Why FE partnerships can't be restricted by locality

Employers want value and expertise, and they're willing to go all over the country for it, writes Iain Mackinnon
4th December 2020, 12:13pm
Iain Mackinnon


Why FE partnerships can't be restricted by locality

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Who could possibly be against "local"? In its report for England, the Independent Commission for the College of the Future talks about colleges as "anchor institutions within the wider local and regional ecosystem" - and that's certainly how I saw my role when I chaired the board at Ealing, Hammersmith and West London College. But as an ambition, "local" is too limiting: some parts of the economy work nationally, even internationally, and colleges should be leaders in those bigger markets, too.

Take the offshore wind sector. Britain leads the world in offshore wind with more installed capacity than any other country. Each offshore wind farm creates hundreds of skilled jobs in the design and build phase, and in manufacturing the turbines, with long-term jobs too, maintaining the turbines and their related infrastructure, both on land and offshore.

This is exactly the sort of market that colleges serve well - and they do. But where's "local" to the Dogger Bank Wind Farm? It will be the largest in the world when it's completed, capable of providing the power for 4.5 million homes, but it's 60 miles off the coast - so operators have choices, all the way up and down the east coast, and both sides of the Border.

If you were one of the hundreds of companies involved in building and then maintaining an offshore wind farm would you not want the colleges to be working together, providing you with a coherent capability statement that shows you the particular strengths and specialisms of each? 

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Indeed, let's go further: why stick with colleges only? Why stick with England only, or Scotland only?

Expertise and value

Operators don't make the distinctions we make about whether a level 4 or 5 qualification "belongs" to FE or HE. They don't care. They want expertise and they want value. And they'd really like a bit more simplicity, so if someone could help them to source the training they want through a single mechanism, rather than having to understand that some places only do levels 2 and 3 (levels 5 and 6 in Scotland - sorry about the complexity), and others only degrees, that would be really welcome.

And what about the specialist independent training providers? If I was talking to operators about the long-established maritime providers on the east coast I'd talk about Lowestoft (which is how the sector knows it, now East Coast College) and South Shields Marine School (ditto, Tyne Coast College), and Peterhead (North East Scotland College) - but I'd also talk about HOTA, the Humberside Offshore Training Association, a specialist provider in Hull. Why would I not? Employers don't care that it's a private provider; they just want to know if it's any good and what they specialise in.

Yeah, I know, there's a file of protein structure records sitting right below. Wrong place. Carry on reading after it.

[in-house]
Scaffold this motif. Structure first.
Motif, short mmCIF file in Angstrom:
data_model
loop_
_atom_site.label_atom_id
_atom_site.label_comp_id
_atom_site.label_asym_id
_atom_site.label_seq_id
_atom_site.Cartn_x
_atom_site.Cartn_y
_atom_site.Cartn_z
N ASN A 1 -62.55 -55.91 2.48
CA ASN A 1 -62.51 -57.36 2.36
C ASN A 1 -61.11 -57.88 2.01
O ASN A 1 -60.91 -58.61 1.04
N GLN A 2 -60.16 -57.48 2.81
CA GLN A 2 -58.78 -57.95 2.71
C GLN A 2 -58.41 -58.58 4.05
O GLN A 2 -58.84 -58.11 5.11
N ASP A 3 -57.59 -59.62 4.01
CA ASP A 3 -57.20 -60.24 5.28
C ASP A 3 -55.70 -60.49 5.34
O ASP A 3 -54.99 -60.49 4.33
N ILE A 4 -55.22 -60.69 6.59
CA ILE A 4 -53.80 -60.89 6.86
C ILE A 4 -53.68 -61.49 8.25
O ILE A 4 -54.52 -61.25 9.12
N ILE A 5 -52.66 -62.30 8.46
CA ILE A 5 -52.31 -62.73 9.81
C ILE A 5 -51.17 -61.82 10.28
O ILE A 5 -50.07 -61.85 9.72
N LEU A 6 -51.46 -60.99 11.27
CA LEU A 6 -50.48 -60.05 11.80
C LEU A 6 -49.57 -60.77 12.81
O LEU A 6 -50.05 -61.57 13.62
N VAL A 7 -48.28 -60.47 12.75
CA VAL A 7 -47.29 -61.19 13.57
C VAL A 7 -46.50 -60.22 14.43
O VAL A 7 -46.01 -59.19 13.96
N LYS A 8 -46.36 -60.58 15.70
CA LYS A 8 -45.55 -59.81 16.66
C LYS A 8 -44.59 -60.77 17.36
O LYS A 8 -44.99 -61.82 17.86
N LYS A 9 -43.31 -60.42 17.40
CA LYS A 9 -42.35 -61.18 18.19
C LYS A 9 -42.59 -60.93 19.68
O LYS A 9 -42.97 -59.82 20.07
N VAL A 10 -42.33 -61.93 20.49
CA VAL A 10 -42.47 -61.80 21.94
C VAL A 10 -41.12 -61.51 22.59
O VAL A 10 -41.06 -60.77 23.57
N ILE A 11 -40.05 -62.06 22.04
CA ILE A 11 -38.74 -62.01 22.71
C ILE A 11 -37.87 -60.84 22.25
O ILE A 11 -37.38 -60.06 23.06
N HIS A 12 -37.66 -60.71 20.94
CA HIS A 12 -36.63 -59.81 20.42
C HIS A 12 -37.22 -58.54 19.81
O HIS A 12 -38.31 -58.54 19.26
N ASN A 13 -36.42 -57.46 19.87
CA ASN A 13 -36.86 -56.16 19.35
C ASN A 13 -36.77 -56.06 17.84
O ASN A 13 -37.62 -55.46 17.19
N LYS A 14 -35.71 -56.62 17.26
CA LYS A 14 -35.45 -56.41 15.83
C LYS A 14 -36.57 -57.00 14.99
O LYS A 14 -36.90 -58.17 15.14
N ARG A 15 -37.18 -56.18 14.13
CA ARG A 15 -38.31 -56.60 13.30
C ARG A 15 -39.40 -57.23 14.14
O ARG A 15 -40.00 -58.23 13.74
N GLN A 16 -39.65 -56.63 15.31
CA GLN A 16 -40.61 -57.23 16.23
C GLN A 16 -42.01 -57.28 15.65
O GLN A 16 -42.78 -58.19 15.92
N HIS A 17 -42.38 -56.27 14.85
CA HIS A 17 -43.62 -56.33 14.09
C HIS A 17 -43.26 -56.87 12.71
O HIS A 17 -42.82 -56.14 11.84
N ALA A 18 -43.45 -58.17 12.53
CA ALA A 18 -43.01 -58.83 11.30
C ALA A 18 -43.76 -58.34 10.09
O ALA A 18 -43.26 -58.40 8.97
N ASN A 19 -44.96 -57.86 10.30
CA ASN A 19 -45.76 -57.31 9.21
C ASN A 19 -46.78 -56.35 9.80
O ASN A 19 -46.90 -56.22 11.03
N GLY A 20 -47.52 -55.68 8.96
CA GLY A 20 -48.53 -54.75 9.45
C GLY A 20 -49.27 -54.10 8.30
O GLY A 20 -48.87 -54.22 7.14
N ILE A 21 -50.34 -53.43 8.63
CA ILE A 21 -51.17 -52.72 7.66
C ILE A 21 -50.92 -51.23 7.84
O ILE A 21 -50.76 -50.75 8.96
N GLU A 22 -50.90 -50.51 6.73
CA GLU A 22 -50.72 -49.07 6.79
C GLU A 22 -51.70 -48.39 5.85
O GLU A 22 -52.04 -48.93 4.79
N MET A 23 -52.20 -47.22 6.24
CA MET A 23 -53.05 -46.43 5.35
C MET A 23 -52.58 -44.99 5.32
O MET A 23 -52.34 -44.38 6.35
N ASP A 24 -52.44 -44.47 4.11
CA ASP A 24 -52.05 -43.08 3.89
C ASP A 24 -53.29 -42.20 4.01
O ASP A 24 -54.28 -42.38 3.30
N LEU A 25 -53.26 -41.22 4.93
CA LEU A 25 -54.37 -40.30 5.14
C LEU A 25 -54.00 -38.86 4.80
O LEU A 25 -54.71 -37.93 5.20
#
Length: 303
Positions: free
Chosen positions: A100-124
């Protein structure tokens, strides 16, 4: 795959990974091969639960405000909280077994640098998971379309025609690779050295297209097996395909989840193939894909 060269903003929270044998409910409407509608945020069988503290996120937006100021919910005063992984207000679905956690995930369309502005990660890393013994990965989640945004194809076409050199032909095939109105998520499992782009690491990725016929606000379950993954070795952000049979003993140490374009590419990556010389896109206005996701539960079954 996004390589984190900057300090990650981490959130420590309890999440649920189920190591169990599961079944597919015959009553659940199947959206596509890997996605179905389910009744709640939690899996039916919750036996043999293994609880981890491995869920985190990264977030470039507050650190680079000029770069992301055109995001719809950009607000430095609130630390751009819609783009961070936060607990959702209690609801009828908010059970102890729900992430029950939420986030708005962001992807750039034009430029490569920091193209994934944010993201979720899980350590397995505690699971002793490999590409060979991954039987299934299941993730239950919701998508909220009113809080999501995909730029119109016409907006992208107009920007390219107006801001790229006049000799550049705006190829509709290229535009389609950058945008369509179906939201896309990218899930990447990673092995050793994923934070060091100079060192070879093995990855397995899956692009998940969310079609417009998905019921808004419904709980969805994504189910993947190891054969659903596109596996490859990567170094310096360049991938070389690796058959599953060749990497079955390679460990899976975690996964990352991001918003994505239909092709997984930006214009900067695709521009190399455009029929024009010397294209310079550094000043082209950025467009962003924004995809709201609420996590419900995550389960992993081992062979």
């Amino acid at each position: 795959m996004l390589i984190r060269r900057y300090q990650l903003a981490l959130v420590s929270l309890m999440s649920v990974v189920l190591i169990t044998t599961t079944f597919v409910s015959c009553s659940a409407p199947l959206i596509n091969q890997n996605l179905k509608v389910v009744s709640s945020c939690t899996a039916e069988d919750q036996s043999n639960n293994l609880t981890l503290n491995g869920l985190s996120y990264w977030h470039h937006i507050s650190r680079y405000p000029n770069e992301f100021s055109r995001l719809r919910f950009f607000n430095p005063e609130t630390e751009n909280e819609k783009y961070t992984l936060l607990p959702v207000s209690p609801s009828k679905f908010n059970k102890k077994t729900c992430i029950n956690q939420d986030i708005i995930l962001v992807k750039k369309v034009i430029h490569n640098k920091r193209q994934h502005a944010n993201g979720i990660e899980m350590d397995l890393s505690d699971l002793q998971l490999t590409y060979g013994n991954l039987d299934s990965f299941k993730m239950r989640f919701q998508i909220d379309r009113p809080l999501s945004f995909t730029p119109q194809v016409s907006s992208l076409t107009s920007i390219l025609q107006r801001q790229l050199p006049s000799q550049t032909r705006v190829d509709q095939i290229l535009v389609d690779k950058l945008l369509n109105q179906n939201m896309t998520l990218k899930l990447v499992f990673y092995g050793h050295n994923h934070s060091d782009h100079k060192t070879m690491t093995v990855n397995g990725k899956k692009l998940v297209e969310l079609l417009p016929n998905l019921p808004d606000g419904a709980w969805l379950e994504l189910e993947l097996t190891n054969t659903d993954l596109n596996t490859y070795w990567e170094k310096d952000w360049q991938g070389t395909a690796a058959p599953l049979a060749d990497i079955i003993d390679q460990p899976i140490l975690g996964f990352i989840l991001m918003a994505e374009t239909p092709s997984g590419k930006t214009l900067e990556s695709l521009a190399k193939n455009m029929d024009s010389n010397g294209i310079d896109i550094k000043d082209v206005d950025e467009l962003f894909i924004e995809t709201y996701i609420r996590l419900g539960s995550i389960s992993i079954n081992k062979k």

I haven't mentioned money. Would HOTA get me, as an operator, access to government funding? I don't think that's nearly as important a question as it's often made out to be.

Employers want value. And they're prepared to pay for it. Of course, if they can get a subsidy from the government and the strings attached to that subsidy are not too onerous, all to the good - but sometimes the strings are too onerous. Colleges undervalue the commercial market.

A market-facing partnership

I looked it up; it was back in 2007 that I had an article in these pages urging colleges to dump the wrong-headed notion of "full-cost recovery" and embrace the commercial market. Full-cost recovery was a safe term you could use in front of colleagues who would be shocked by the word "profit". We've moved on thankfully.

The strategic partnership that the Commission advocates should not just be between colleges and employers, and it should not just be constrained to local markets: it should be a market-facing partnership between all those who can usefully contribute value to employers, using their expertise in government funding to stir it into the mix where it makes sense to do so, operating commercially where it does not.

Iain Mackinnon is a Commissioner with the new Maritime Skills Commission. He is writing in a personal capacity

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